"The negotiations team agreed that some type of response was needed. Chief Moose and the ATF commander also agreed. There was a meeting where I made an argument for our recommendation. Gary Bald, the FBI on-scene commander, wasn't there. He later overruled our recommendation without talking to me. He supported the profilers who opposed any response.

"I have found that law-enforcement officials often have an inflated belief in what profilers can provide. Too often this is based on TV depictions rather than a track record of what profilers can do. Profiling is an important tool, not the be-all and end-all."

Gary Bald, FBI agent: "I don't remember Gary's role in this or whether I had tension with him."

Gary Noesner: "It was our unanimous belief we should make a comment. I believe our failure to respond to the snipers' demand resulted in the final victim being murdered the following night. A note was found at this scene that said something like 'You didn't do what we told you to do.' I was furious at Gary Bald's disregard for the negotiation team's advice."

April Carroll, ATF agent: "Traditionally, serial-homicide investigations fall under the FBI, but considering the violence associated with firearms-related homicides, we got involved. The suspects were smart. Even they knew that by bringing in multiple agency jurisdictions, that would cause chaos. They knew that the more people they brought to the table, the more likely it was to cause difficulties."

Every morning there was a conference call for all the police chiefs from Baltimore to Richmond. Moose would kick it off, and Bald would do an operational briefing.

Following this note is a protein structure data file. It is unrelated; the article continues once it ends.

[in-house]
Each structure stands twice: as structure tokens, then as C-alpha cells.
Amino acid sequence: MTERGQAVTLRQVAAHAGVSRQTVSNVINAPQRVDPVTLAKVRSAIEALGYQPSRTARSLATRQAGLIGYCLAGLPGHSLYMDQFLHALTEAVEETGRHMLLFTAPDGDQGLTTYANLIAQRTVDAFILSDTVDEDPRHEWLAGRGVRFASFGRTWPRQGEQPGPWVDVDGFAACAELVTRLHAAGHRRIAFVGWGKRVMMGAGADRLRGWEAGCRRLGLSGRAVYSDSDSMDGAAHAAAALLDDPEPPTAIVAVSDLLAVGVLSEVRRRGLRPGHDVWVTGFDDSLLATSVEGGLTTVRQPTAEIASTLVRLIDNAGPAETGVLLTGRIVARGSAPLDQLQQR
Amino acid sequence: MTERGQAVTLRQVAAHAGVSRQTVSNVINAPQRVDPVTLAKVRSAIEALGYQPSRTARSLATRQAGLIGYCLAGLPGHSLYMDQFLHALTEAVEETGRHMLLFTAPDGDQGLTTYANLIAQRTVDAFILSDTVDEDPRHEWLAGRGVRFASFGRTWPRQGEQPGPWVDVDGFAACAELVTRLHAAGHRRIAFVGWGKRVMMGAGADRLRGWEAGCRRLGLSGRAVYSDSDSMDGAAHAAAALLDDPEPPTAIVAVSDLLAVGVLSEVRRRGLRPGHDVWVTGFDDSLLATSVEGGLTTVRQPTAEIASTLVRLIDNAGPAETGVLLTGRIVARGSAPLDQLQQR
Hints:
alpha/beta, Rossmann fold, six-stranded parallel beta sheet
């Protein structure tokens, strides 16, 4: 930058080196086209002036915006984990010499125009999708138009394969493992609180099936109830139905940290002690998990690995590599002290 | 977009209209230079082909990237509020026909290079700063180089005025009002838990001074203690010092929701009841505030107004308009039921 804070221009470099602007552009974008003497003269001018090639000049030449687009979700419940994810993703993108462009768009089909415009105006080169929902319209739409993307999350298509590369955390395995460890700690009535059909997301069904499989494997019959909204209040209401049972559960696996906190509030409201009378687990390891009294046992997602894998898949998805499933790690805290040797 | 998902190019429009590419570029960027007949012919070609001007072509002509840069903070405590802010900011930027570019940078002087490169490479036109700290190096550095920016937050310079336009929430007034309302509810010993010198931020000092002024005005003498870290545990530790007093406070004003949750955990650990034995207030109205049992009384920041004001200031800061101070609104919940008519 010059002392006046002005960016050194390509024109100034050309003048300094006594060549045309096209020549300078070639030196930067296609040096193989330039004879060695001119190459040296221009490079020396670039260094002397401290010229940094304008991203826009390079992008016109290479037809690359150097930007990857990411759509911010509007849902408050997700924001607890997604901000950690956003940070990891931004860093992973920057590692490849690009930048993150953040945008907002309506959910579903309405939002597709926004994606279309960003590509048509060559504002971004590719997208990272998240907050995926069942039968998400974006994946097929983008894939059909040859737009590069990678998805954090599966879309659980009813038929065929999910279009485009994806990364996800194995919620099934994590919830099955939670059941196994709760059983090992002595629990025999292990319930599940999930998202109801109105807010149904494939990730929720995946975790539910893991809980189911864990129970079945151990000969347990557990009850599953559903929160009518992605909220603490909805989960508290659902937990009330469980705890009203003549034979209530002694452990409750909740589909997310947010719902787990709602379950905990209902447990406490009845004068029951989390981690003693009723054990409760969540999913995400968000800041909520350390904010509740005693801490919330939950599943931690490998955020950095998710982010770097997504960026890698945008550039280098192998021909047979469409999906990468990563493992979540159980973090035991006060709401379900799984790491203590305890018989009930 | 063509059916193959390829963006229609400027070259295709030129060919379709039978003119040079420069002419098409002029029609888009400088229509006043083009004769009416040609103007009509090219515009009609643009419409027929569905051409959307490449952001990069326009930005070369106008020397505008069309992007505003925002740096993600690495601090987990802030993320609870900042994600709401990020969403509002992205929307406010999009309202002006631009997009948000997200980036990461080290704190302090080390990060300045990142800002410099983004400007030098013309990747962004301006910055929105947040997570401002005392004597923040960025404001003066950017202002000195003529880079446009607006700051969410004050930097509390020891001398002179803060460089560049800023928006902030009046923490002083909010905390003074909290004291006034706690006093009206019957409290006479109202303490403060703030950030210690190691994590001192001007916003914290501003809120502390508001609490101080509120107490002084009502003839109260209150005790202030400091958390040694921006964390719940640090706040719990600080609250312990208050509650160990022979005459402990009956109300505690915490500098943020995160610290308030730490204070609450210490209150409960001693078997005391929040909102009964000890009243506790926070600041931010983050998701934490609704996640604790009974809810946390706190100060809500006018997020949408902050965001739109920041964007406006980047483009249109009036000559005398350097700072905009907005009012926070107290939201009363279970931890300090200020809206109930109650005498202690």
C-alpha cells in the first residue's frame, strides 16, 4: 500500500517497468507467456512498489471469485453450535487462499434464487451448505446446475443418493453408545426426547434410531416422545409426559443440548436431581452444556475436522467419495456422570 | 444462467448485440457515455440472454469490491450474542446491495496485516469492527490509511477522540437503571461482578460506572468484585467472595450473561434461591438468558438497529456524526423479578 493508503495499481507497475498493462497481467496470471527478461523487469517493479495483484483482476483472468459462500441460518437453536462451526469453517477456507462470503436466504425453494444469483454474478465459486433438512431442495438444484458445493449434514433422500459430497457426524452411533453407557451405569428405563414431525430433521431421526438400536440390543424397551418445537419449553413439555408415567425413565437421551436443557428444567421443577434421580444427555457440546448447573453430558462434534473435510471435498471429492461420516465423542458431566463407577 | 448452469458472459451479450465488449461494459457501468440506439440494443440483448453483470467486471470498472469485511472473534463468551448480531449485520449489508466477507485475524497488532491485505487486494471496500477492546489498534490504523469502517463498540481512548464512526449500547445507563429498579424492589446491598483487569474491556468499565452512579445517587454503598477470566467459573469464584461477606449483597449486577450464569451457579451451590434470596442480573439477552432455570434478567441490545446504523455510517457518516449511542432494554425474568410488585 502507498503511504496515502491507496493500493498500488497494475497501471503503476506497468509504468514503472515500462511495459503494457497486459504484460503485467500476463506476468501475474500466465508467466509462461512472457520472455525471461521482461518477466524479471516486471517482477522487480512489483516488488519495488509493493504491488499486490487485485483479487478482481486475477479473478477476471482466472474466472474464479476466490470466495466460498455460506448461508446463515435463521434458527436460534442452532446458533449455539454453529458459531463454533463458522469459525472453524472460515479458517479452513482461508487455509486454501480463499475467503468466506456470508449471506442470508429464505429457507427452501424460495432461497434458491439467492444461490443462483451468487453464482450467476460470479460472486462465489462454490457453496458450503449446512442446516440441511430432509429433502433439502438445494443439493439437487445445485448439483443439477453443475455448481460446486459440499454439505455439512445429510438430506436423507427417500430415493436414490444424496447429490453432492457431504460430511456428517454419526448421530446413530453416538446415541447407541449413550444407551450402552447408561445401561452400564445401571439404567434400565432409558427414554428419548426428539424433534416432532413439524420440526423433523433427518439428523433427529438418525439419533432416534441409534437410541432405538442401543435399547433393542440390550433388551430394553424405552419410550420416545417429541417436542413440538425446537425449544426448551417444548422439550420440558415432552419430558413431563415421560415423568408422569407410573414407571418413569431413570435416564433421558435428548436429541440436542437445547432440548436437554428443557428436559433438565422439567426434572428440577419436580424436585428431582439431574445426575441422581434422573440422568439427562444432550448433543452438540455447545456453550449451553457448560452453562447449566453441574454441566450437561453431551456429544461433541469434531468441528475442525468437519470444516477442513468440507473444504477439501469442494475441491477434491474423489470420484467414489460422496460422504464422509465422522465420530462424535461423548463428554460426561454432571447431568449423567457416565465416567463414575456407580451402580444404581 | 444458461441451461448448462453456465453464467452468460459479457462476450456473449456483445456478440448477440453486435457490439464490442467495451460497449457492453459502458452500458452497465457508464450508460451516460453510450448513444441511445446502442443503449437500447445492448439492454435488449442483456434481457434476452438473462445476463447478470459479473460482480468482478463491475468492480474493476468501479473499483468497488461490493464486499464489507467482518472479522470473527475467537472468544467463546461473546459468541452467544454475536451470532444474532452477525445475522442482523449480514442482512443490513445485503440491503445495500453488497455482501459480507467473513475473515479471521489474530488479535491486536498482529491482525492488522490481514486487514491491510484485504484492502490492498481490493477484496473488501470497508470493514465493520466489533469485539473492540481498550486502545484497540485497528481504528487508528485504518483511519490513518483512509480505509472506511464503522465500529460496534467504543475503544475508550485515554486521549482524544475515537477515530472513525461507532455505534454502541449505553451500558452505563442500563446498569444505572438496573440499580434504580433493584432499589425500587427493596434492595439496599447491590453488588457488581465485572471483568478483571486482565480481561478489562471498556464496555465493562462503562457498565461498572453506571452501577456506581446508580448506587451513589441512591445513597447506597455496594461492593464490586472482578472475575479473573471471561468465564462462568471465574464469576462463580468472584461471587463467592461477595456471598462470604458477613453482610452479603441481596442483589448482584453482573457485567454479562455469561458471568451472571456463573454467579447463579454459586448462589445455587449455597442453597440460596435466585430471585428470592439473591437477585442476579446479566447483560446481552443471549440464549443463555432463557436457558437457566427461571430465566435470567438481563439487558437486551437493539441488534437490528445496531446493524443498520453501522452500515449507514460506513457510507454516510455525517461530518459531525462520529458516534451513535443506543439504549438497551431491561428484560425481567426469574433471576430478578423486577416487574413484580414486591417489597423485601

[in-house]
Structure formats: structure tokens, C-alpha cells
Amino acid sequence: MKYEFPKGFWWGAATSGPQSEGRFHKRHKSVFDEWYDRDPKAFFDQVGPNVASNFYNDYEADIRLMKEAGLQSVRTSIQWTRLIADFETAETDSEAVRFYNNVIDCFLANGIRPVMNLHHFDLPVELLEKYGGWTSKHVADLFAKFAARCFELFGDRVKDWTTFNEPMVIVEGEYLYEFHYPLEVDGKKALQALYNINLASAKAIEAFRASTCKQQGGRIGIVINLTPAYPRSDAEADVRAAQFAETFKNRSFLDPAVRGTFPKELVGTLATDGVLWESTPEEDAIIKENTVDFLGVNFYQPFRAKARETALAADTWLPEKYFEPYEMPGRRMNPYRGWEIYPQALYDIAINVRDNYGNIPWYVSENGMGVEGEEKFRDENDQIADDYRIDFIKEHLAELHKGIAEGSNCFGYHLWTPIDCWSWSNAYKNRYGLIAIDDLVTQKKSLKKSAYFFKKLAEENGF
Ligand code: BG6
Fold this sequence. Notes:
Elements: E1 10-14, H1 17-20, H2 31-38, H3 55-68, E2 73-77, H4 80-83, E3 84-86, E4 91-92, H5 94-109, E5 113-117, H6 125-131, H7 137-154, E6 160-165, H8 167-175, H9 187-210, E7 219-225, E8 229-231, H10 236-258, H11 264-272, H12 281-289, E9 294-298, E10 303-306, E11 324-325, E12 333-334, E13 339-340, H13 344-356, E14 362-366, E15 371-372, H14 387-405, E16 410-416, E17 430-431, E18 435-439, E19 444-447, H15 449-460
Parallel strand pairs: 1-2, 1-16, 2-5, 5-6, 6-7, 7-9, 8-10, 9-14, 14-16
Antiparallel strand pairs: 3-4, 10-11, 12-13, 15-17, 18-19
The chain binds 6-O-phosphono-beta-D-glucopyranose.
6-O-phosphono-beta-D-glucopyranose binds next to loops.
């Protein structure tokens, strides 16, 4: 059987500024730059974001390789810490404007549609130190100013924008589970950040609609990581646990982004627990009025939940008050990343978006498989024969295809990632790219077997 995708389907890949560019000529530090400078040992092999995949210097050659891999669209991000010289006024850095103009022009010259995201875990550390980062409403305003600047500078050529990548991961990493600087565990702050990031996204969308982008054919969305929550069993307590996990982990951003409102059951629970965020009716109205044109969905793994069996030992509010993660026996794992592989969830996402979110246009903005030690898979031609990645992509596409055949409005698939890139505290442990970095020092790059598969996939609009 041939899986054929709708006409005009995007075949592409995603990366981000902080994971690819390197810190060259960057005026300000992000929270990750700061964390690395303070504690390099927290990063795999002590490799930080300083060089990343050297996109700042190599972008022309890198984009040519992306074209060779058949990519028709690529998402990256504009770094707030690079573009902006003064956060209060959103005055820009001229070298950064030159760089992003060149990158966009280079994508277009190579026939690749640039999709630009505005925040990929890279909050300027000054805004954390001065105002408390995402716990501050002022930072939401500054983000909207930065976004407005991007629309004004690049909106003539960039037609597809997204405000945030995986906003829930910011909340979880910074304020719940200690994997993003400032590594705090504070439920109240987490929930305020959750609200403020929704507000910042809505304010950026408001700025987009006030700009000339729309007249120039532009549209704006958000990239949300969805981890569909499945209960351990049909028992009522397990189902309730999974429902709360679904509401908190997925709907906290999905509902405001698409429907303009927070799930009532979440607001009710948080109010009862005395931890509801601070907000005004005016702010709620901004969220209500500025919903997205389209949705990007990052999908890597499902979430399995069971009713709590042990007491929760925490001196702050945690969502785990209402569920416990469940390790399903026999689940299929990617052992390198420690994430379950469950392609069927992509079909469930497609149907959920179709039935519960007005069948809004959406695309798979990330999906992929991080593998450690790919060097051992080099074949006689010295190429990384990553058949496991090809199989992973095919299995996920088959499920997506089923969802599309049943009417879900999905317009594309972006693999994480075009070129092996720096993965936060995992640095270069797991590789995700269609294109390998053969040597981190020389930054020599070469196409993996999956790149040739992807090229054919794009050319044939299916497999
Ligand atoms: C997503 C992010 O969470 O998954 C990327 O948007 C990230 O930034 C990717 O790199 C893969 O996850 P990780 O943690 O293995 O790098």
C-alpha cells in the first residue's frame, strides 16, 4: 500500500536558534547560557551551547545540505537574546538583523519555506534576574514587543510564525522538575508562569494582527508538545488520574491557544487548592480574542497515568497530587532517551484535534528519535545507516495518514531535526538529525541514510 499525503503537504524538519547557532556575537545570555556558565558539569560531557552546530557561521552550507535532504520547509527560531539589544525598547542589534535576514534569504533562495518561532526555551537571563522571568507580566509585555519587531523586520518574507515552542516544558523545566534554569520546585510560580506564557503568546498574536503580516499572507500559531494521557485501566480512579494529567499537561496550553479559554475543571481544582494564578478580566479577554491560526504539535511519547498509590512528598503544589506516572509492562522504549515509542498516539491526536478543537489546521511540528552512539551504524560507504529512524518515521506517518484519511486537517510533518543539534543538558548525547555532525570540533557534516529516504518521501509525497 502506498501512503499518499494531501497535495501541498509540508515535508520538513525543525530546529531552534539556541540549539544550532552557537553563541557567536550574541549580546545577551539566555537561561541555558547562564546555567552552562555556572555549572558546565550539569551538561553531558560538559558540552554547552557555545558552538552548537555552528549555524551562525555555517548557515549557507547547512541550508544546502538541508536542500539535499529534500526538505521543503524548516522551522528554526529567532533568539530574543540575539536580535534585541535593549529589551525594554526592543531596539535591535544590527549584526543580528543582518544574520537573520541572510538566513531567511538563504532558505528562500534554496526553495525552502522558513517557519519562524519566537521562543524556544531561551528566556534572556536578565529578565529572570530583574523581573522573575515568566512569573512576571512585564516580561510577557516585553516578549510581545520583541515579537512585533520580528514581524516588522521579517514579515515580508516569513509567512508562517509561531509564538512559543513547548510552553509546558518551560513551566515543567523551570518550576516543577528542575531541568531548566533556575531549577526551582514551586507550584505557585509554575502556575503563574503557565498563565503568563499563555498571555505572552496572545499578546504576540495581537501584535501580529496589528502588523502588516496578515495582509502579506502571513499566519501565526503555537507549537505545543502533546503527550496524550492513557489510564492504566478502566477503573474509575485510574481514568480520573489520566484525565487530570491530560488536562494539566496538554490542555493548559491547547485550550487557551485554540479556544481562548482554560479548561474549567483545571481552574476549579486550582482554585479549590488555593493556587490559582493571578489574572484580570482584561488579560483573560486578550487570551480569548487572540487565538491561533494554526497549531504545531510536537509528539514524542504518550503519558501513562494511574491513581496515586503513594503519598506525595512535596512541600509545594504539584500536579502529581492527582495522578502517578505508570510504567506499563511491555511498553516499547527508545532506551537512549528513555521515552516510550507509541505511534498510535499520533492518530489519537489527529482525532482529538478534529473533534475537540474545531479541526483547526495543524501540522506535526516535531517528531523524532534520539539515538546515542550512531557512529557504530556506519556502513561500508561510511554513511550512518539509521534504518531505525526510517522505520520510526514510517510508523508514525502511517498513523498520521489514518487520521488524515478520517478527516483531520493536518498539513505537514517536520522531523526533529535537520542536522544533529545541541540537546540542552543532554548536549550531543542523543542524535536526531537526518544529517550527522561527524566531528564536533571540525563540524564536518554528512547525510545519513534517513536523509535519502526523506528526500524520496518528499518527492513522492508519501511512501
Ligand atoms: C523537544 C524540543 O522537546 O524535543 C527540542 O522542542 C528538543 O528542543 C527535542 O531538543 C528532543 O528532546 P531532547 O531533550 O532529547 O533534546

Charles Ramsey was DC police chief in 2002. Photograph of Ramsey by Christopher Lane.

Charles Ramsey, then DC police chief: "One of the most difficult things in any investigation—and this covered different states—is keeping people in the loop. Even the chiefs who didn't have a homicide wanted to know. There was a smaller group who had had a murder. There was a larger group who wanted to be informed. There was definitely tension."

There was a push by politicians for the FBI to take over the investigation from Montgomery County. Criticism was rife over the fact that Moose was handling a case that extended beyond his county.

Gary Bald: "The reality was Charles Moose was in charge, and that was the way it needed to be. If you are the sniper and the FBI steps to the podium, what do you think the reaction might be? It would be 'I'll show them.' For me to take over the case, I would have had to have a good reason. I have so much respect for Charles, and he deserves 100 percent of the credit for a model—albeit with flaws—of how to leverage the expertise of many police departments and resolve it in 23 days. Basically, Charles convinced chiefs to join up and let our task force become the responder even though the shooting was not in Montgomery County. It cut out so much time to get past egos."

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  • Shirley Titus Klepac

    I lived this..It was terrifying..We were afraid to walk out our doors..

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Posted at 01:50 PM/ET, 09/26/2012 RSS | Print | Permalink | Comments () | Washingtonian.com Articles